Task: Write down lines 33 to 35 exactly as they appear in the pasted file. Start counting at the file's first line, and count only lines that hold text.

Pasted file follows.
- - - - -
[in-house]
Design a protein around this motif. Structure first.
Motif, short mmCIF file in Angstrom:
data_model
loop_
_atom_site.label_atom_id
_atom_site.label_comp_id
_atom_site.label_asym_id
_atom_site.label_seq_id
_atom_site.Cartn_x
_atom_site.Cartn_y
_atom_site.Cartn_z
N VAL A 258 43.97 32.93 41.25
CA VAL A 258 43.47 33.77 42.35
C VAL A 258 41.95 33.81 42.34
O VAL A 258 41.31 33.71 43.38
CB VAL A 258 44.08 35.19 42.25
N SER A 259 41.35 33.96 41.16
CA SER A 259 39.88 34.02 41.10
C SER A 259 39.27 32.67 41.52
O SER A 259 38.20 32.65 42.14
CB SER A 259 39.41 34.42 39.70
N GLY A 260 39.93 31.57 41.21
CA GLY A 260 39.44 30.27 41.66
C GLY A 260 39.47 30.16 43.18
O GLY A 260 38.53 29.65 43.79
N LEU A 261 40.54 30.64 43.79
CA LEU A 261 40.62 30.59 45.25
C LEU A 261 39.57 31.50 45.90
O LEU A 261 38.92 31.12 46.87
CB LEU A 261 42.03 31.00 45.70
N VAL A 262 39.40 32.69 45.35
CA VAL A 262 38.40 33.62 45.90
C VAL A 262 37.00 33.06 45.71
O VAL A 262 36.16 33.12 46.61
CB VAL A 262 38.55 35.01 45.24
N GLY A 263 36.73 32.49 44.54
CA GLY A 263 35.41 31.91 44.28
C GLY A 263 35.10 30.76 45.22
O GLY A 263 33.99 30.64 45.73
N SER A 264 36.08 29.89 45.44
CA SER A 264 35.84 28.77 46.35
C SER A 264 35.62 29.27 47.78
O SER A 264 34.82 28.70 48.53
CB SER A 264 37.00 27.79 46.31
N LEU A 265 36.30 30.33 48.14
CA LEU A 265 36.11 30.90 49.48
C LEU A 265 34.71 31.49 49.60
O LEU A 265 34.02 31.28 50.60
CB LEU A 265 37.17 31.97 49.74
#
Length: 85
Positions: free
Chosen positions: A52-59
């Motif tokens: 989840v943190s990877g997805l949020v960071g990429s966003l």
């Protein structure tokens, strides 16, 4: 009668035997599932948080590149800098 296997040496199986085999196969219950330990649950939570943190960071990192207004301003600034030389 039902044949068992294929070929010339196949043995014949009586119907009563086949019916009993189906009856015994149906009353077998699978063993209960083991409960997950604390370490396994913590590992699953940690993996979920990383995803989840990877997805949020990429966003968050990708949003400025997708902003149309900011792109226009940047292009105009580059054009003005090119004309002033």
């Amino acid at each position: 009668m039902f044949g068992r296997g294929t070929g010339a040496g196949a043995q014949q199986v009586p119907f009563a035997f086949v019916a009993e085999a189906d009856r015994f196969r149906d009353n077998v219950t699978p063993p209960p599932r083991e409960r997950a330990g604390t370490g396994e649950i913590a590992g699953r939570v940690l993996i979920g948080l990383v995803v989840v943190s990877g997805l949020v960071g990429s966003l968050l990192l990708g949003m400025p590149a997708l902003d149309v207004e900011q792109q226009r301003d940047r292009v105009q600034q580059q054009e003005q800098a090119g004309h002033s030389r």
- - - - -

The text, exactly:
CA VAL A 262 38.40 33.62 45.90
C VAL A 262 37.00 33.06 45.71
O VAL A 262 36.16 33.12 46.61